Accession Number:

AD1095971

Title:

Principles of Effective and Robust Innate Immune Response to Viral Infections: A Multiplex Network Analysis

Descriptive Note:

Journal Article - Open Access

Corporate Author:

NORTH CAROLINA STATE UNIV AT RALEIGH RALEIGH United States

Personal Author(s):

Report Date:

2019-07-24

Pagination or Media Count:

8.0

Abstract:

The human innate immune response, particularly the type-I interferon IFN response, is highly robust and effective first line of defense against virus invasion. IFN molecules are produced and secreted from infected cells upon virus infection and recognition. They then act as signalingcommunication molecules to activate an antiviral response in neighboring cells so that those cells become refractory to infection. Previous experimental studies have identified the detailed molecular mechanisms for the IFN signaling and response. However, the principles underlying how host cells use IFN to communicate with each other to collectively and robustly halt an infection is not understood. Here we take a multiplex network modeling approach to provide a theoretical framework to identify key factors that determine the effectiveness of the IFN response against virus infection of a host. In this approach, we consider the virus spread among host cells and the interferon signaling to protect host cells as a competition process on a two-layer multiplex network. We focused on two types of network topology, i.e., the Erdos-Renyi ER network and the Geometric Random GR network, which represent the scenarios when infection of cells is mostly well mixed e.g., in the blood and when infection is spatially segregated e.g., in tissues, respectively. We show that in general, the IFN response works effectively to stop viral infection when virus infection spreads spatially a most likely scenario for initial virus infection of a host at the peripheral tissue. Importantly, we show that the effectiveness of the IFN response is robust against large variations in the distance of IFN diffusion as long as IFNs diffuse faster than viruses and they can effectively induce antiviral responses in susceptible host cells. This suggests that the effectiveness of the IFN response is insensitive to the specific arrangement of host cells in peripheral tissues.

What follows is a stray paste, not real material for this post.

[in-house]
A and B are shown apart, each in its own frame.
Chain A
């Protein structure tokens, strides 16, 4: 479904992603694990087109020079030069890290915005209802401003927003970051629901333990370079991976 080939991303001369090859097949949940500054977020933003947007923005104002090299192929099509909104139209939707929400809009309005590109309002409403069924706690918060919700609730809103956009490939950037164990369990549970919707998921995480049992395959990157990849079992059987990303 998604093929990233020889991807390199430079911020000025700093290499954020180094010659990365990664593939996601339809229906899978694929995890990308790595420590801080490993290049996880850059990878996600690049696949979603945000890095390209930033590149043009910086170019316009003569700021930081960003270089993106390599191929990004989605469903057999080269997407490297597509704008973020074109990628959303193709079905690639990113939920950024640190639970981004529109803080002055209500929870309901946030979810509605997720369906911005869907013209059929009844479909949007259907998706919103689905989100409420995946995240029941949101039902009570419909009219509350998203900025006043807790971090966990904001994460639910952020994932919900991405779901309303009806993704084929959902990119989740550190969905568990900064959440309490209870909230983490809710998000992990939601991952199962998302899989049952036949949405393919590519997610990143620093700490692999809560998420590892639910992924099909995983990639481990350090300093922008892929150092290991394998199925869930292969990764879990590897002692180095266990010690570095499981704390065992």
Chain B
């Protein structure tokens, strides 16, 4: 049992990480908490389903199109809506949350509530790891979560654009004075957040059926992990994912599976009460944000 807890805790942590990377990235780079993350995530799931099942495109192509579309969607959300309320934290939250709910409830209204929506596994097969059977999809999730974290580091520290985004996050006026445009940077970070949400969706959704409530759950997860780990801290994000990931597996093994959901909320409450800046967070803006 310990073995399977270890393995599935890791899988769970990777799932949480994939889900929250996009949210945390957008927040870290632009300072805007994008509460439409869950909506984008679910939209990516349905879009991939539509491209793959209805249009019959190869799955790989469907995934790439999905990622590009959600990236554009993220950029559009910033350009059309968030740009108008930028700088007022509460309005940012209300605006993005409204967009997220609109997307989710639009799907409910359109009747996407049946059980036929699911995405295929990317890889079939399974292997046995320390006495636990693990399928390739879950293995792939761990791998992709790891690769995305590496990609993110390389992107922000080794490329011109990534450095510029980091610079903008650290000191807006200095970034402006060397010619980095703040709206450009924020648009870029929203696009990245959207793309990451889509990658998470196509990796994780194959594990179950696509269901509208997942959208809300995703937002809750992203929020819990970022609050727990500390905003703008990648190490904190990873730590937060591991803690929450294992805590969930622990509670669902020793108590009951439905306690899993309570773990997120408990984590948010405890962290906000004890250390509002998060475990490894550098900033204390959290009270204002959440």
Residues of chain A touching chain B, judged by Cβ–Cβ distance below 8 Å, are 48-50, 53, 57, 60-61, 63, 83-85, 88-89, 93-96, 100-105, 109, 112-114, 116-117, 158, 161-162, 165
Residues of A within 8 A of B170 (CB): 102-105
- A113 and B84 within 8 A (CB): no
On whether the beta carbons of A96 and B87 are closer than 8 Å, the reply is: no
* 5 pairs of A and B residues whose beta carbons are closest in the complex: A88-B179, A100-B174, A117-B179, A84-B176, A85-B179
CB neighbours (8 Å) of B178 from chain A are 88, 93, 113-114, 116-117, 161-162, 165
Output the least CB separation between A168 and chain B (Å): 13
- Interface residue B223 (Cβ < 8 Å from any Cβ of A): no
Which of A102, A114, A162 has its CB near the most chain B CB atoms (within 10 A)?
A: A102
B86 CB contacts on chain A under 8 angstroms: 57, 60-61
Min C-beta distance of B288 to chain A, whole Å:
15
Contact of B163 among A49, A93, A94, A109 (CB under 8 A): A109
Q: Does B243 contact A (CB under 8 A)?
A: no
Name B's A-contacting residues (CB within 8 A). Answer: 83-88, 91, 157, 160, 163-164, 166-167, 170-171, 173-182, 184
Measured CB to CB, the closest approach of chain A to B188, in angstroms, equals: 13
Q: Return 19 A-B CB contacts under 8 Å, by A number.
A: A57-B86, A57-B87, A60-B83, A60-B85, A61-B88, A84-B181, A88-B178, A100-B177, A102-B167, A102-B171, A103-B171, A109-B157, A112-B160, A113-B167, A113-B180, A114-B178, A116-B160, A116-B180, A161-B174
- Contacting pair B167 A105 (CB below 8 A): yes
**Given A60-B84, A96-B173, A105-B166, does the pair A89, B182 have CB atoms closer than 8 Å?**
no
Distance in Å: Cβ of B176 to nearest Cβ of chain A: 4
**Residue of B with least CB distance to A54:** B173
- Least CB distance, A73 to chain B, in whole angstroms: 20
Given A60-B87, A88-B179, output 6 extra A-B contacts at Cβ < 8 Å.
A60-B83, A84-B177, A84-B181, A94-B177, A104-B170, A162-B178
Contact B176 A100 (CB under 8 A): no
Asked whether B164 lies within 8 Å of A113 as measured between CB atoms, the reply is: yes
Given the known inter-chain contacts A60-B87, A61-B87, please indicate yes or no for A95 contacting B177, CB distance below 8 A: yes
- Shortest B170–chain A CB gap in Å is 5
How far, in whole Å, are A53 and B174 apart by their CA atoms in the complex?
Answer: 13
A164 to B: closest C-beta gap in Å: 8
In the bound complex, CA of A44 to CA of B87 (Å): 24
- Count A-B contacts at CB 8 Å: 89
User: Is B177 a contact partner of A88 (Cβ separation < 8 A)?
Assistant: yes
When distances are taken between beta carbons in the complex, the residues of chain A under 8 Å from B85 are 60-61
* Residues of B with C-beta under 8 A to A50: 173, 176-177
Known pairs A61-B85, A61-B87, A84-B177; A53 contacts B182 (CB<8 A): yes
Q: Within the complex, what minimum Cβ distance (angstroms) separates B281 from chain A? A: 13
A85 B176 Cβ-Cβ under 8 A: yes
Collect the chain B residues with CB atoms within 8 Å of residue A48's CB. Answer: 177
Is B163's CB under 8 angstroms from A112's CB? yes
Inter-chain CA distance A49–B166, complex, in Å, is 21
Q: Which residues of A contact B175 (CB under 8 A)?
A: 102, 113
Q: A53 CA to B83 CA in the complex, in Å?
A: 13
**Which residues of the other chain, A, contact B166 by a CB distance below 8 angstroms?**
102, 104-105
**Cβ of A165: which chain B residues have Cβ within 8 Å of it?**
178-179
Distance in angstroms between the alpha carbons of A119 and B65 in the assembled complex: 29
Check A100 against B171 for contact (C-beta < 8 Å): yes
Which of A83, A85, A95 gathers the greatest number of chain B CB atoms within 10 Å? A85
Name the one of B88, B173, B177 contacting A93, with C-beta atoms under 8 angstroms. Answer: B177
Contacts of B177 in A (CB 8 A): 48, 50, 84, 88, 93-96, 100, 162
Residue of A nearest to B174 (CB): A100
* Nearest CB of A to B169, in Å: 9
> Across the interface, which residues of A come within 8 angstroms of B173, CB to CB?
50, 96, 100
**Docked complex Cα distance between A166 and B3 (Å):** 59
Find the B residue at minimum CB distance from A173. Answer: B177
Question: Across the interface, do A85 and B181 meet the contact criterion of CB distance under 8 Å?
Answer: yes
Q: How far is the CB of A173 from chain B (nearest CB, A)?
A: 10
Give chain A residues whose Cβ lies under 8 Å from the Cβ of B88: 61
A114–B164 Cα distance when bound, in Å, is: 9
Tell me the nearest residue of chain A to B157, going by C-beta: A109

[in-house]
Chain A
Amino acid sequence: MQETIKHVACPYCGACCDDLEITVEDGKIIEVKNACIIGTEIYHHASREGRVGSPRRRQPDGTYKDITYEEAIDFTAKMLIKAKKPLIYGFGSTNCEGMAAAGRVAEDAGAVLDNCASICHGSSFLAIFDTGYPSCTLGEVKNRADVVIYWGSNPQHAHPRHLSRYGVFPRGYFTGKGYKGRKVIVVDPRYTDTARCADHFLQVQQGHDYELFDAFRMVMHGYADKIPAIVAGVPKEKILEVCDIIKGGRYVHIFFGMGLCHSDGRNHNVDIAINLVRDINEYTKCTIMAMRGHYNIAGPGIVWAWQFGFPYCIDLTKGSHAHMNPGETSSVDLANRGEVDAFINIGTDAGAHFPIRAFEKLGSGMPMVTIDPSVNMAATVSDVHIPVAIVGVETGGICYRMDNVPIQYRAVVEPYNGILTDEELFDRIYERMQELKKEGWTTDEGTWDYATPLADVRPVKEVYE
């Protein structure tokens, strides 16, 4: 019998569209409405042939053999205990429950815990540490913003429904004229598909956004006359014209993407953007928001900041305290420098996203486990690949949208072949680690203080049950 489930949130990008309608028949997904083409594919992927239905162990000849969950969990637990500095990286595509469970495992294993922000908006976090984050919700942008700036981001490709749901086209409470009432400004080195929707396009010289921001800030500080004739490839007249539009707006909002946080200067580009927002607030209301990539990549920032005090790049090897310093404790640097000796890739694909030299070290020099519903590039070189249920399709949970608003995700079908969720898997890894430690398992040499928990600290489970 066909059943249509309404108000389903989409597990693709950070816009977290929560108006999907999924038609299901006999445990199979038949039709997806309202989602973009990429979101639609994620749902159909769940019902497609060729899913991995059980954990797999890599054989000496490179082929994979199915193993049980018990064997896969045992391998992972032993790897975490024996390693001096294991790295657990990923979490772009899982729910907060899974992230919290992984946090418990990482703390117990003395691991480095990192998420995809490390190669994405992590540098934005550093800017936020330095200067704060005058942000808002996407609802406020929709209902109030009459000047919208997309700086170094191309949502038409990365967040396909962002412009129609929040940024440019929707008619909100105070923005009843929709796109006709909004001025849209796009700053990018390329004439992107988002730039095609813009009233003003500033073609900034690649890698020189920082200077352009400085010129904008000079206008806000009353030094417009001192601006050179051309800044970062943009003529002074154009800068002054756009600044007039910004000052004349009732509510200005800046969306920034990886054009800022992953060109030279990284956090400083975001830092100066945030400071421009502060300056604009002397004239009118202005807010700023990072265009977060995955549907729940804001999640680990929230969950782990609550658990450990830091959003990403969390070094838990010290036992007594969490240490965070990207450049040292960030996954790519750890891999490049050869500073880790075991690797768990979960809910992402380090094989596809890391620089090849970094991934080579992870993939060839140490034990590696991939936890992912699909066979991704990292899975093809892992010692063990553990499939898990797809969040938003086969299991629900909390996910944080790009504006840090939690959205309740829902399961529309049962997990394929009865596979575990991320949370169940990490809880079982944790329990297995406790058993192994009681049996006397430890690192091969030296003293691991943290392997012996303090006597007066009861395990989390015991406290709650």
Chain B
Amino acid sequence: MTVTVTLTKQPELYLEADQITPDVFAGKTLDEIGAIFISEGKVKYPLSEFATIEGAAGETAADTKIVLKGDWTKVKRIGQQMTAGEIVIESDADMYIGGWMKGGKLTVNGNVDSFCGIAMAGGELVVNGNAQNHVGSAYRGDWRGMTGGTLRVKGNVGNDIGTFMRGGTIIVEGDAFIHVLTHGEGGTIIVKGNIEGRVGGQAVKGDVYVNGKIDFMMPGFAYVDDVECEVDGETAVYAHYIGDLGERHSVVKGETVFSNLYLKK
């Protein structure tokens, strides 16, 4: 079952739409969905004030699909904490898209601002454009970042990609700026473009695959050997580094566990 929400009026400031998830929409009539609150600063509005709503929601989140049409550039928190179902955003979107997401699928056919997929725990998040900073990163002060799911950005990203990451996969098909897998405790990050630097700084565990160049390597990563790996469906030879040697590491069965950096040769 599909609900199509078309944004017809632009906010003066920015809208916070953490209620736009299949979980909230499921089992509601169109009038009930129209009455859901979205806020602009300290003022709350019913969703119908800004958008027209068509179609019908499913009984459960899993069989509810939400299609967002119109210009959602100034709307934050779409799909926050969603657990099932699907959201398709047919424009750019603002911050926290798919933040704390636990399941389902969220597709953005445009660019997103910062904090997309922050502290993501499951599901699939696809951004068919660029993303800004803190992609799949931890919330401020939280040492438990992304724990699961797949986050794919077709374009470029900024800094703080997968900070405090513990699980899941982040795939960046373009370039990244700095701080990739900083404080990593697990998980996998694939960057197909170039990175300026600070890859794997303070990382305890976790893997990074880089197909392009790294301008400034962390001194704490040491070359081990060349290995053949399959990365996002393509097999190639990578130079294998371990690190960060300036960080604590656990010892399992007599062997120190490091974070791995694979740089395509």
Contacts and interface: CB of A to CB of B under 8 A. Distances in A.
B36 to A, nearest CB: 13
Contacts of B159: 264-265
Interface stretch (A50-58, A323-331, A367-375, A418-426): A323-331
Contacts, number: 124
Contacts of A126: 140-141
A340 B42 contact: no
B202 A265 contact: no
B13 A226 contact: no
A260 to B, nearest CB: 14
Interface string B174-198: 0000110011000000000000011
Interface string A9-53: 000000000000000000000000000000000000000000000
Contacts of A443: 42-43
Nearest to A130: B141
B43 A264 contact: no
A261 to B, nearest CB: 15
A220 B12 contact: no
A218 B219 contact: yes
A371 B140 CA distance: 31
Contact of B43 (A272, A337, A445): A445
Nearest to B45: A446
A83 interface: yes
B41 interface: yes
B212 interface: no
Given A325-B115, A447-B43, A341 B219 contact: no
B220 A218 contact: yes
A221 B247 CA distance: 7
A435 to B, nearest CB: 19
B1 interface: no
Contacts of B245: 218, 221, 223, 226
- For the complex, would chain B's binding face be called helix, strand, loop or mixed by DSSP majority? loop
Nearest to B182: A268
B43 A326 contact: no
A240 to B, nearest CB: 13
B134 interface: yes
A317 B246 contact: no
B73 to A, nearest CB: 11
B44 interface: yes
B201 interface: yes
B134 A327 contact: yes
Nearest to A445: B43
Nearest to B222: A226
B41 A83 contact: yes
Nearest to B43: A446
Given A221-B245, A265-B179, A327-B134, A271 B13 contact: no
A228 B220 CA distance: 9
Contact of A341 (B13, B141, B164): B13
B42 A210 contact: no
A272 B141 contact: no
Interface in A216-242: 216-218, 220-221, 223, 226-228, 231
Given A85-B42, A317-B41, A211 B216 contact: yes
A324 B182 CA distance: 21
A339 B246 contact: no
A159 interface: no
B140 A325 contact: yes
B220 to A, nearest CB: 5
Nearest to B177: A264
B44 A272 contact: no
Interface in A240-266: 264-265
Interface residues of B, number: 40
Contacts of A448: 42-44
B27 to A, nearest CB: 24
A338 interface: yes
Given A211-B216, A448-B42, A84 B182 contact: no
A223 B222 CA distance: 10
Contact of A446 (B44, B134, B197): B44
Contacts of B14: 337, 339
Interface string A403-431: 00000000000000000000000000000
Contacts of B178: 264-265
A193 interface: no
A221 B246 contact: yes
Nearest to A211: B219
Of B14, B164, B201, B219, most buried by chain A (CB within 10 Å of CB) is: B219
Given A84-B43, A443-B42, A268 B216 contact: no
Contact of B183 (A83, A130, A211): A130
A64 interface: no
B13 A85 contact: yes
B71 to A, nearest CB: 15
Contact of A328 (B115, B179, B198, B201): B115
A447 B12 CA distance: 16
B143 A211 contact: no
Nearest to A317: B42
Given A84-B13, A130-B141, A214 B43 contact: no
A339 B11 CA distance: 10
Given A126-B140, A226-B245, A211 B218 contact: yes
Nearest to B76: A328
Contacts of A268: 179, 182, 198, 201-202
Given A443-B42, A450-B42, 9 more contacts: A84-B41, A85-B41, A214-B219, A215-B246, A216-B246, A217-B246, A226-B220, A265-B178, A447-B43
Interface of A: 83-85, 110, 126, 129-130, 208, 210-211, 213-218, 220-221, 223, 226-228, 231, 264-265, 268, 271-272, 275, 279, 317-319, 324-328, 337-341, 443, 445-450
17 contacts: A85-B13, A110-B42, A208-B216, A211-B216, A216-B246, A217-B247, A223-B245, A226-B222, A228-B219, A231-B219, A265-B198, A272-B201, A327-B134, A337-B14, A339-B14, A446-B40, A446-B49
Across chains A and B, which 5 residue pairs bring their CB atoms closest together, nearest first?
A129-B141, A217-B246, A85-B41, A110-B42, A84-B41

Subject Categories:

Distribution Statement:

APPROVED FOR PUBLIC RELEASE